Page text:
The Lofgren bill would also assess a fee of either $500 or $1000 on each company filing for a T visa. The funds collected would go into a "High Tech Education Fund."
"The BRAIN Act education trust fund component addresses the heart of a long-term problem, while the T visa component prevents the unwilling expulsion to foreign lands of those who have achieved academic excellence in science and technology," said Rep. Lofgren. "Why should we force these bright young people to leave America to compete against us from abroad? And why not invest resources in American children to increase the numbers of those achieving excellence in science, math, and engineering?"
The Lofgren bill also includes provisions pertaining to enforcement. This includes disclosure requirements for companies with employees who have T visas. Also, companies are barred from retaliating against employees who report information regarding a failure to comply with the law, or a misrepresentation made in connection a T visa application. Finally, T visas may be revoked, and companies may be fined up to $10,000, for violation of the law.
|Related Story: Sen. Gramm Introduces Bill to Increase H1B Visa Cap, 8/4/99.|
Last week, Sen. Phil Gramm (D-TX) introduced a bill in the Senate that is also designed to alleviate the shortage of high-tech workers. His bill, S 1440 IS, would increase the annual cap on H1B visas to 200,000 for the years 2000, 2001, and 2002. It would also eliminate the reduction in Social Security benefits now imposed on individuals aged 65 through 69 who continue to work and whose earnings exceed $15,500 annually.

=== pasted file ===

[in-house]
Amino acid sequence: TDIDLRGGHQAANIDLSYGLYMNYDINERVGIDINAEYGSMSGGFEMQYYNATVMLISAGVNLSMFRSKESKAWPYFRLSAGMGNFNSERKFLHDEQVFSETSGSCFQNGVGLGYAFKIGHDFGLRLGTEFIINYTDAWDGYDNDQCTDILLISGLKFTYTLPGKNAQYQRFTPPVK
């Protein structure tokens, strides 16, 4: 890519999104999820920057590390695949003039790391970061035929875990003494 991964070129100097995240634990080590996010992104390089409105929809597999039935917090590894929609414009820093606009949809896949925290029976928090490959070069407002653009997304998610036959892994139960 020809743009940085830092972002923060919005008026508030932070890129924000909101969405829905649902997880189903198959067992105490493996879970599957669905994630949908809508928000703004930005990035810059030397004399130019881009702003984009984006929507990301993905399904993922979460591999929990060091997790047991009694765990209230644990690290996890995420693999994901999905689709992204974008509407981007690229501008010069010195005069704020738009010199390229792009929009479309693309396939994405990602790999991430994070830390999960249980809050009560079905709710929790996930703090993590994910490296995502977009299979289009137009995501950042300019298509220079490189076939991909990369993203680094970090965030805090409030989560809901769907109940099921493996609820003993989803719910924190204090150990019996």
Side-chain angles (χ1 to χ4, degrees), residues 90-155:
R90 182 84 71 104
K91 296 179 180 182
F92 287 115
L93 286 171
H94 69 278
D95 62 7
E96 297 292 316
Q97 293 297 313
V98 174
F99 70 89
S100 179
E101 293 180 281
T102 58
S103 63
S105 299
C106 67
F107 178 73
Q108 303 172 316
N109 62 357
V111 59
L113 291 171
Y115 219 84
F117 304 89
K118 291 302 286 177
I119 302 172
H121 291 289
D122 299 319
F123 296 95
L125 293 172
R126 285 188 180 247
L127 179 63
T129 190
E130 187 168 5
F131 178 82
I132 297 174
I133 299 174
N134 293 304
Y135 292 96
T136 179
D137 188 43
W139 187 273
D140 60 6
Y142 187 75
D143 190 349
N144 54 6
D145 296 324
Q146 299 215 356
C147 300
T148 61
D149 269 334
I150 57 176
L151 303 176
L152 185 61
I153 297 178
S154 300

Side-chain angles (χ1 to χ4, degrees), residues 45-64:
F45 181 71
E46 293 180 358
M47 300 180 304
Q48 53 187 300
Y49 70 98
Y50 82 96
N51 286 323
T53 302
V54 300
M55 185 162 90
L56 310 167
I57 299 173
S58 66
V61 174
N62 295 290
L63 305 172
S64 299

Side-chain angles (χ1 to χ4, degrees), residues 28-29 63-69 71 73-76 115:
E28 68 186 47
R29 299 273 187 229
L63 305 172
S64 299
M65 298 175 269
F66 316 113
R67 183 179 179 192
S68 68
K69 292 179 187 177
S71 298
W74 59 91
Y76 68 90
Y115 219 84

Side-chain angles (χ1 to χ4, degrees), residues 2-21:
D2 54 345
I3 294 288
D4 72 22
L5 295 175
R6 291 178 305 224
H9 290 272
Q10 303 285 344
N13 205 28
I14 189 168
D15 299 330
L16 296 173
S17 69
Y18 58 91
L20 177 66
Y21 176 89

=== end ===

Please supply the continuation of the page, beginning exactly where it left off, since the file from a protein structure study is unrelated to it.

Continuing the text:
In addition, the Gramm bill contains a provision that is similar to the Lofgren proposal. S 1440 IS provides that the annual numerical limitations on H1B visas would not include two types of H1B visas: (1) H1B visas issued to anyone who "has attained a master's degree or higher (or its equivalent) in a specialty related to the intended employment and receives wages (including cash bonuses and similar compensation) at an annual rate equal to at least $60,000", or (2) "has attained a bachelor's degree or higher degree (or its equivalent) and is employed (or has received an offer of employment) at an institution of higher education".
Rep. Lofgren represents Silicon Valley. Many of the cosponsors of her bill also represent California. Sen. Gramm's state of Texas is home to many high-tech companies, such as Texas Instruments and Dallas Semiconductor, which also face a shortage of high-tech workers.
The original cosponsors of the HR 2687 bill include John Conyers (D-MI), Cal Dooley (D-CA), Anna Eshoo (D-CA), Nancy Pelosi (D-CA), Loretta Sanchez (D-CA), Ellen Tauscher (D-CA), Lynn Woolsey (D-CA), Bob Matsui (D-CA), Mike Thompson (D-CA), Sheila Jackson-Lee (D-TX), Howard Berman (D-CA), Marty Meehan (D-MA), and Ron Kind (D-WI).
Rep. Lofgren also told Tech Law Journal that Rep. Martin Frost (D-TX) is a cosponsor. She also said that she welcomes Republican cosponsors.
Rep. Lofgren is a member of the House Judiciary Committee, and its Immigration Subcommittee, which have jurisdiction over bills on this subject. The Immigration Subcommittee is scheduled to hold a hearing on H1B visa fraud on Thursday, August 5.